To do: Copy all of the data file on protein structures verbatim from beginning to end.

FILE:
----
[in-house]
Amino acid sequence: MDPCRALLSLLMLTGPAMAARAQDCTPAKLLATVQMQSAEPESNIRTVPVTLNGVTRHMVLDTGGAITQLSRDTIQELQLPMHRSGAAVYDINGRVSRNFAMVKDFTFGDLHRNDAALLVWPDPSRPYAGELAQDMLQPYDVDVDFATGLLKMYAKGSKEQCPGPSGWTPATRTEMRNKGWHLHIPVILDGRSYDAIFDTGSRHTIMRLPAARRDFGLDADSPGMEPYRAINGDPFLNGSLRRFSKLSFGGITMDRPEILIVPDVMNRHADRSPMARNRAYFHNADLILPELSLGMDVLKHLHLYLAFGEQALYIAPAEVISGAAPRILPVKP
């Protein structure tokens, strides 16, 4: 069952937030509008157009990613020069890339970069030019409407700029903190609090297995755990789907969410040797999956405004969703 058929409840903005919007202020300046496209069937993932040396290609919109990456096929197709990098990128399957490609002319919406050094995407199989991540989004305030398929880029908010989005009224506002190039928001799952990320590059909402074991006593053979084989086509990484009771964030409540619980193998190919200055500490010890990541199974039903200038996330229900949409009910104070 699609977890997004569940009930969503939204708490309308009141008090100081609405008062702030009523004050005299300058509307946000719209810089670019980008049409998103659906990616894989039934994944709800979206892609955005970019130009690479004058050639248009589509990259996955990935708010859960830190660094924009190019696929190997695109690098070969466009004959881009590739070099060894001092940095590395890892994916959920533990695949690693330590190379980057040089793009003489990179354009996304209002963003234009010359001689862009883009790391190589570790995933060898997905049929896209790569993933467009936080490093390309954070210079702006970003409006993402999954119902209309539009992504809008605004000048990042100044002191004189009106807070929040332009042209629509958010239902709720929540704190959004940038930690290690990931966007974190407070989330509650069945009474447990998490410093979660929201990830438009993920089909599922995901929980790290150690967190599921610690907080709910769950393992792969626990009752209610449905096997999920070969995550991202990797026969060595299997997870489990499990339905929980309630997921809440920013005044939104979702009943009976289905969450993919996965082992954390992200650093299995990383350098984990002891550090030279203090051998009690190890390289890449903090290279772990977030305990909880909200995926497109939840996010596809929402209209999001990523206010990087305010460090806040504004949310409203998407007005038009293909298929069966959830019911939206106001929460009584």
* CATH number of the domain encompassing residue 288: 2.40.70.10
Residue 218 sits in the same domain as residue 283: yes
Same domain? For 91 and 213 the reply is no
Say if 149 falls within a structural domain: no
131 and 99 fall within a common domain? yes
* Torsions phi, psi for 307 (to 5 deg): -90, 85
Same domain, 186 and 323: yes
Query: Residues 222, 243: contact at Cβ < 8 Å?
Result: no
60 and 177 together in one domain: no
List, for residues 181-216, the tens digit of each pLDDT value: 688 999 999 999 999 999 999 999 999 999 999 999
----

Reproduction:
[in-house]
Amino acid sequence: MDPCRALLSLLMLTGPAMAARAQDCTPAKLLATVQMQSAEPESNIRTVPVTLNGVTRHMVLDTGGAITQLSRDTIQELQLPMHRSGAAVYDINGRVSRNFAMVKDFTFGDLHRNDAALLVWPDPSRPYAGELAQDMLQPYDVDVDFATGLLKMYAKGSKEQCPGPSGWTPATRTEMRNKGWHLHIPVILDGRSYDAIFDTGSRHTIMRLPAARRDFGLDADSPGMEPYRAINGDPFLNGSLRRFSKLSFGGITMDRPEILIVPDVMNRHADRSPMARNRAYFHNADLILPELSLGMDVLKHLHLYLAFGEQALYIAPAEVISGAAPRILPVKP
């Protein structure tokens, strides 16, 4: 069952937030509008157009990613020069890339970069030019409407700029903190609090297995755990789907969410040797999956405004969703 058929409840903005919007202020300046496209069937993932040396290609919109990456096929197709990098990128399957490609002319919406050094995407199989991540989004305030398929880029908010989005009224506002190039928001799952990320590059909402074991006593053979084989086509990484009771964030409540619980193998190919200055500490010890990541199974039903200038996330229900949409009910104070 699609977890997004569940009930969503939204708490309308009141008090100081609405008062702030009523004050005299300058509307946000719209810089670019980008049409998103659906990616894989039934994944709800979206892609955005970019130009690479004058050639248009589509990259996955990935708010859960830190660094924009190019696929190997695109690098070969466009004959881009590739070099060894001092940095590395890892994916959920533990695949690693330590190379980057040089793009003489990179354009996304209002963003234009010359001689862009883009790391190589570790995933060898997905049929896209790569993933467009936080490093390309954070210079702006970003409006993402999954119902209309539009992504809008605004000048990042100044002191004189009106807070929040332009042209629509958010239902709720929540704190959004940038930690290690990931966007974190407070989330509650069945009474447990998490410093979660929201990830438009993920089909599922995901929980790290150690967190599921610690907080709910769950393992792969626990009752209610449905096997999920070969995550991202990797026969060595299997997870489990499990339905929980309630997921809440920013005044939104979702009943009976289905969450993919996965082992954390992200650093299995990383350098984990002891550090030279203090051998009690190890390289890449903090290279772990977030305990909880909200995926497109939840996010596809929402209209999001990523206010990087305010460090806040504004949310409203998407007005038009293909298929069966959830019911939206106001929460009584």
* CATH number of the domain encompassing residue 288: 2.40.70.10
Residue 218 sits in the same domain as residue 283: yes
Same domain? For 91 and 213 the reply is no
Say if 149 falls within a structural domain: no
131 and 99 fall within a common domain? yes
* Torsions phi, psi for 307 (to 5 deg): -90, 85
Same domain, 186 and 323: yes
Query: Residues 222, 243: contact at Cβ < 8 Å?
Result: no
60 and 177 together in one domain: no
List, for residues 181-216, the tens digit of each pLDDT value: 688 999 999 999 999 999 999 999 999 999 999 999